Recently, I was watching a documentary about the controversial Swiss author, Erich von Daniken, who wrote the best selling book Chariots of the Gods. In his 1968 book, von Daniken asked the question, was the earth visited in the past by extra-terrestrials? His provocative ideas have become known as Ancient Astronaut Theory and is now a world wide phenomenon with conventions, an entire genre of books and films, and the impetus for the History Channel’s top rated show “Ancient Aliens“. Although the concept is far from revolutionary now, when the book came out 50 years ago, it was attacked on every front from the scientific community, and so was its author. What surprised me about the special, was that von Daniken welcomed his critics and even went on to say that they helped make his case stronger.
In a world of attacks and counter attacks and never admitting one is wrong or giving an inch, it was refreshing to hear someone say, “Sometimes I was wrong“. Erich von Daniken shares an example of an “ancient pole” that he found in India. The local people told him it had been there for centuries and had never shown a sign of rust. Intrigued, he included it in his book as an example of possible alien technology. Not long after, von Daniken noted that “the damn thing started rusting!“. It was a learning experience for him and he also noted that several other of ideas did not hold up. However, his book was not intended to give answers, but to pose questions, explore new ideas and possibilities, and to question the status quo. He often refers to the fact that his book has over 200 question marks in it. He wasn’t claiming to be the expert, but he was questioning the experts. His openness to critics is something that actually allowed dialogue and the discussion of new ideas and not “camp mentality”. When laughed at, von Daniken would often refer to the German philosopher, Schopenhauer, who said there are three stages for any new idea. In the fist stage everybody laughs at it. In the second stage, nobody wants to talk about it. In the final stage, everybody says, “Oh, we always thought that!“.
As educators, we can learn from Erich von Daniken. We can explore new and original ideas even if they go against the status quo. We can ask provocative questions of ourselves and others. We can embrace our critics as those who help us refine our ideas and practices and can even help make us stronger. In an age where it’s heresy to admit a mistake or show weakness, it’s the truly confident and wise person who can be receptive to new ideas, reflection, and even criticism. Our profession and our students deserve educators who are willing to question ideas and have their ideas questioned. In the end, it makes us all stronger and better!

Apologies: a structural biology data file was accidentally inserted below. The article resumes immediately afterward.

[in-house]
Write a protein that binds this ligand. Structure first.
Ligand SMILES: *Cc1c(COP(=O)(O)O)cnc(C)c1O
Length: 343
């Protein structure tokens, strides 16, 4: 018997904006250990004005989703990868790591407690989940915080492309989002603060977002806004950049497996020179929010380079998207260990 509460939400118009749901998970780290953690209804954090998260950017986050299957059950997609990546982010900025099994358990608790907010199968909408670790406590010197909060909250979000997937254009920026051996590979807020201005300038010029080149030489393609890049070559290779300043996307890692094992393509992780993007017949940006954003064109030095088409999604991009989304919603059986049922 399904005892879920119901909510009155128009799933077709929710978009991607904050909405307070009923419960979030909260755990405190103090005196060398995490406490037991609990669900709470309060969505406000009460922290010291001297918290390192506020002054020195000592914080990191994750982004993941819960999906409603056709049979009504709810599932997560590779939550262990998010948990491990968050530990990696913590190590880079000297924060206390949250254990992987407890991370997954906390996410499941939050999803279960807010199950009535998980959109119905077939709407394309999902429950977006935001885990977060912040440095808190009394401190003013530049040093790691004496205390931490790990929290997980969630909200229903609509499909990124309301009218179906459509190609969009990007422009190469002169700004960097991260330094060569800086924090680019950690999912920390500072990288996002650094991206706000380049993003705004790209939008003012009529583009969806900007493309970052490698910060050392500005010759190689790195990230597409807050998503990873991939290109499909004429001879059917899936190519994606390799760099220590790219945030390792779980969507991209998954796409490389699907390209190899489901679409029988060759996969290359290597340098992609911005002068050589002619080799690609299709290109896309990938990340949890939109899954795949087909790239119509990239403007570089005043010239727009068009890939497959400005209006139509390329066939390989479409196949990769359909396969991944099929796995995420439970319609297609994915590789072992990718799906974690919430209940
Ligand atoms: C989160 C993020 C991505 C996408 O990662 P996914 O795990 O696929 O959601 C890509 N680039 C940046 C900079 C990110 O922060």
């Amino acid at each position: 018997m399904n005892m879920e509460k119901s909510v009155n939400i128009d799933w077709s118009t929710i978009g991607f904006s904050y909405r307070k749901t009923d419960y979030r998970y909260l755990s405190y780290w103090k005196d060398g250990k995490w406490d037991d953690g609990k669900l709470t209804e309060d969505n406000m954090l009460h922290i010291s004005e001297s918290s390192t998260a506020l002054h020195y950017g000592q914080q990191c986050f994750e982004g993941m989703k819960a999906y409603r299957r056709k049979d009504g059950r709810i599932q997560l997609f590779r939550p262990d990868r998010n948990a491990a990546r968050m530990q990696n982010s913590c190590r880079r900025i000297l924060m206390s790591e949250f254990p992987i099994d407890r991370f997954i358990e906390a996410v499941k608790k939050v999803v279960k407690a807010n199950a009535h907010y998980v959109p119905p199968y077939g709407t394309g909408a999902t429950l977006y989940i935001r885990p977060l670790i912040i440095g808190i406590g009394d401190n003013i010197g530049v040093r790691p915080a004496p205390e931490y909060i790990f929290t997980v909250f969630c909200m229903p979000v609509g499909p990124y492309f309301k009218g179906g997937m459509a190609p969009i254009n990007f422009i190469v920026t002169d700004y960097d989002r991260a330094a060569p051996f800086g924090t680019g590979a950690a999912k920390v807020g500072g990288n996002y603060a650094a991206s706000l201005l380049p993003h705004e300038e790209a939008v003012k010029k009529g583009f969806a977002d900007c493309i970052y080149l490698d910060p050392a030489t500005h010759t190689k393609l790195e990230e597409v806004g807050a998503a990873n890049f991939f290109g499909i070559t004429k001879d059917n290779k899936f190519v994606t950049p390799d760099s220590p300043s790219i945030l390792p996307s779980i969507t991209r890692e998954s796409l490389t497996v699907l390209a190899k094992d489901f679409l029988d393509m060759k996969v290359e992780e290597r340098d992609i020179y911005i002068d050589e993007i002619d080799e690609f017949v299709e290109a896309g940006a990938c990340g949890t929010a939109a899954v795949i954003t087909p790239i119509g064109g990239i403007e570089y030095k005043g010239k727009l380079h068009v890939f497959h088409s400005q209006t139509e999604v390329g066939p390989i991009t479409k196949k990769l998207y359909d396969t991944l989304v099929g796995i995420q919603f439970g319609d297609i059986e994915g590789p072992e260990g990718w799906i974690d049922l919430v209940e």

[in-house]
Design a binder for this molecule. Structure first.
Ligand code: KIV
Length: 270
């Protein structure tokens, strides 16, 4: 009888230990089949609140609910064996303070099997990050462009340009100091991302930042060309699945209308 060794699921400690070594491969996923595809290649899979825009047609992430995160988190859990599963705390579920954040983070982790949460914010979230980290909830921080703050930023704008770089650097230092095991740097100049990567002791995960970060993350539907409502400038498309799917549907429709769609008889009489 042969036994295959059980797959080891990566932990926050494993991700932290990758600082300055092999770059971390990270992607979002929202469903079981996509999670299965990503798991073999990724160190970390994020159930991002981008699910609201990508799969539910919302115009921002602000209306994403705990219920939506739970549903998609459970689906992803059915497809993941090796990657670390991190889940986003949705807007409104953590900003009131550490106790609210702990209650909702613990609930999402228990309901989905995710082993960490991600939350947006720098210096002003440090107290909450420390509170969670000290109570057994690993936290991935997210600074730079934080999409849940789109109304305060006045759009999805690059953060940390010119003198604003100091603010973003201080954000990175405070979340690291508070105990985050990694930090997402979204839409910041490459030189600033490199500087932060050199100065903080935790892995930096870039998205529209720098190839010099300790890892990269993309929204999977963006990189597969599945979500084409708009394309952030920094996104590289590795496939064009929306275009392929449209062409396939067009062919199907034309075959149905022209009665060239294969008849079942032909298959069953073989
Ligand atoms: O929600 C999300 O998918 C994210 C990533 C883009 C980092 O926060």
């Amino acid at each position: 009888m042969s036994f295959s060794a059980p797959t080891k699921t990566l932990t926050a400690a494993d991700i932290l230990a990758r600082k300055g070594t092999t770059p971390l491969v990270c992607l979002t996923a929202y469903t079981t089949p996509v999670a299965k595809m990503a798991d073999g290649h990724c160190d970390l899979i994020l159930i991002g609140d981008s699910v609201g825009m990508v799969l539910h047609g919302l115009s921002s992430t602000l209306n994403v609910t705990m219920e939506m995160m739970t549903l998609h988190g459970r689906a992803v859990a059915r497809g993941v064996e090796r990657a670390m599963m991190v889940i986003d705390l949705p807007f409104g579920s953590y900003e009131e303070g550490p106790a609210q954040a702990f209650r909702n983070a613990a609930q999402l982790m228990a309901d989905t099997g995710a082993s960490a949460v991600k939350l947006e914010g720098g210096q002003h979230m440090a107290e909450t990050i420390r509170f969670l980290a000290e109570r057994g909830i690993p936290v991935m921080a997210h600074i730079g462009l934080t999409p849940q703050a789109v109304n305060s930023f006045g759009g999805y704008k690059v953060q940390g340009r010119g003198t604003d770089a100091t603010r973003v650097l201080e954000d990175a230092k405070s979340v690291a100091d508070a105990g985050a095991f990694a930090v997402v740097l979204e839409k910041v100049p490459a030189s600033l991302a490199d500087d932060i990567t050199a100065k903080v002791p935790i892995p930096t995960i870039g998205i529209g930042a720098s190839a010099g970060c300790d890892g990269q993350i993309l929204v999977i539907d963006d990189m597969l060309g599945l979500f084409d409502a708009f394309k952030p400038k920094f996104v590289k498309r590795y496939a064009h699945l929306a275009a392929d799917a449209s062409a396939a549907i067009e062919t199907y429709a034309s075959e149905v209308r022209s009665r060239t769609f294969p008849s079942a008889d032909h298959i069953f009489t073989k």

“The need to be right all the time is the biggest bar to new ideas.” – Edward de Bono
“I can’t understand why people are frightened of new ideas. I’m frightened of the old ones.” – John Cage
“I’m fascinated by the truth – all the different versions of it.” – Martin Henderson
Click this link to listen to “Educate The Heart” podcast
Sue Stromberg Donna Ringler
- Tuesday, May 28: Final Achievement Team Meeting (Jones) 8:15 AM
- Wednesday, May 29: New Furniture Delivery, Final Fire Drill 1:30 PM
- Thursday, May 30: Staff Meeting 8:05 AM, SHS Clap Out 11:00 AM
- Friday, May 31: Spring Fling! 5:30-8:30 PM
- Monday, June 3: Students of the Month Assembly 9:05 AM, F&P Data due in Illuminate
- Tuesday, June 4: Kindergarten Round Up
- Thursday, June 6: Staff Meeting 8:05 AM, Final PTA Meeting 7:00 PM
- Friday, June 7: IRIPs Sent Home (more info to come), Service Squad Celebration
- Monday, June 10: Final Celebrate Monday Assembly 9:05 AM, 4th Grade Celebration at the Rec Center
- Tuesday, June 11: Kindergarten Outdoor Concert 1:30 PM
- Wednesday, June 12: Field Day!
- Thursday, June 13: Students dismissed at 12:10 PM
- Friday, June 14: Island Drums Assembly 10:00-11:00 AM, 4th Grade Clap Out at 11:30 AM, Students dismissed at 12:10 PM